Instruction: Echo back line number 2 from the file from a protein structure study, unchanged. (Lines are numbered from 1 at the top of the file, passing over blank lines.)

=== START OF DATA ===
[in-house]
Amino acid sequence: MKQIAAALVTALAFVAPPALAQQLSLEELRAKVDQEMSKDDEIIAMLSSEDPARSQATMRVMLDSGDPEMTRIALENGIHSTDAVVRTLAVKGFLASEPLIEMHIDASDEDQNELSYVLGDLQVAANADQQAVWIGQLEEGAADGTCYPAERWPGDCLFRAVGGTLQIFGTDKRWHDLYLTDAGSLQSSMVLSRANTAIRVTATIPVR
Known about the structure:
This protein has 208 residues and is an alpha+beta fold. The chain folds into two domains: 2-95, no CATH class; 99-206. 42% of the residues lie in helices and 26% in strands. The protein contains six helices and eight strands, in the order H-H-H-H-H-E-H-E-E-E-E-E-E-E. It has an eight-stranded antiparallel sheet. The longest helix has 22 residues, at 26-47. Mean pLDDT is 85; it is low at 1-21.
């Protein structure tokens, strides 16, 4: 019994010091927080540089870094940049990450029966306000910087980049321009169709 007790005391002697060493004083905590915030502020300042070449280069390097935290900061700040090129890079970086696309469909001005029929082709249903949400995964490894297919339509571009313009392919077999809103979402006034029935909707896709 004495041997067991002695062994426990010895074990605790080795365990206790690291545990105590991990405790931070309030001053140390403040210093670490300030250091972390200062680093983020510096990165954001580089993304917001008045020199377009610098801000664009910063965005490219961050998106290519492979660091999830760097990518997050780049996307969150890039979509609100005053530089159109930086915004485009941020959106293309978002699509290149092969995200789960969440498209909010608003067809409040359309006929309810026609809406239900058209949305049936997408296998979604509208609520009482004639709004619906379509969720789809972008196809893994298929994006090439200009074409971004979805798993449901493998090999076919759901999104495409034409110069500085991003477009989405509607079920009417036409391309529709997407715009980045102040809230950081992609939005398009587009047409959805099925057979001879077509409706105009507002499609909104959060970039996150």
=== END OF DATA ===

Amino acid sequence: MKQIAAALVTALAFVAPPALAQQLSLEELRAKVDQEMSKDDEIIAMLSSEDPARSQATMRVMLDSGDPEMTRIALENGIHSTDAVVRTLAVKGFLASEPLIEMHIDASDEDQNELSYVLGDLQVAANADQQAVWIGQLEEGAADGTCYPAERWPGDCLFRAVGGTLQIFGTDKRWHDLYLTDAGSLQSSMVLSRANTAIRVTATIPVR